March/April Answers, Part V
Sometime in the 70's the NME put out a Christmas annual. One of the features was about fantasy groups, much along the lines of fantasy football. The writers 'Dream Team' was Grahame Edge (Moody Blues) drums, Paul Macartney bass, Elton John Keyboards, Bob Dylan rhythm guitar and a certain Richard Thompson lead guitar! I wondered what you would have thought about playing in such a lineup and if you had any thoughts about your own dream group. M A Kingsman
That lineup has at least three members who you might build a band around, so there could be too many egos. I’ve never paid close attention to Grahame Edge, but I feel he wouldn’t be my first call. It could work for a song or two before the hissy fits started.
To make these kinds of things work, I think you have to get down to sub-categories. For instance,
Best psychedelic/metal band:
Jimi Hendrix (G, Voc)
Simon Phillips (dr)
Best soul band:
Marvin Gaye (Voc)
James Jameson (Bs)
Al Jackson (Dr)
Cornell Dupree (G)
Booker T (KB)
Bands that are already perfect and don’t need anything:
The Nevilles (Maybe just a guitar player – perhaps Kenny Burrell in his funk mode)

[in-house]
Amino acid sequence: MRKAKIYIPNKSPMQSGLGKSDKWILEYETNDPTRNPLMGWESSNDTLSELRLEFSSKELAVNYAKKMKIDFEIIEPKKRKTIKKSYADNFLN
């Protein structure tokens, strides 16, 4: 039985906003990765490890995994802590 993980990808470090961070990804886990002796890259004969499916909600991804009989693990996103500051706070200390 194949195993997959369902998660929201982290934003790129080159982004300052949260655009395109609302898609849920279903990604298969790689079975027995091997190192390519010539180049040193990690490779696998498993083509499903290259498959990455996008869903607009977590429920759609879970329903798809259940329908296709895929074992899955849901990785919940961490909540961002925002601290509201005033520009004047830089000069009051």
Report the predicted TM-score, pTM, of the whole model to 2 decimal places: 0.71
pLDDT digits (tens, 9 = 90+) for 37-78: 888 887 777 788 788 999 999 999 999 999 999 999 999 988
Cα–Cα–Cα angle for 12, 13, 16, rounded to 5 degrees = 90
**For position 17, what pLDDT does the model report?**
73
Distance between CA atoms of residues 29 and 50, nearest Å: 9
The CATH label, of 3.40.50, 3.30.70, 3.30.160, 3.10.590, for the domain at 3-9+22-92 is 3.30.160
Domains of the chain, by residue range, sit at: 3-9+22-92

The Beatles were kind of perfect – maybe just add a guitar player…all good bands figure out how to make the best of what they have.
Burns Supper is a favourite, can you tell me if you sang and played this on the same take. If no, do you ever record this way? Also, do you find that you prefer your vocal performance when done while playing or dubbed? Neil Barrodale
It was recorded on one mic, a Telefunken 251, voice and guitar live, about take 2. It’s a great way to work if you can. I always do vocals live, but sometimes, with a band, for instance, I can’t hear everything I’m doing, so my voice might be straining or pushing out of tune, and I have to go back and fix it.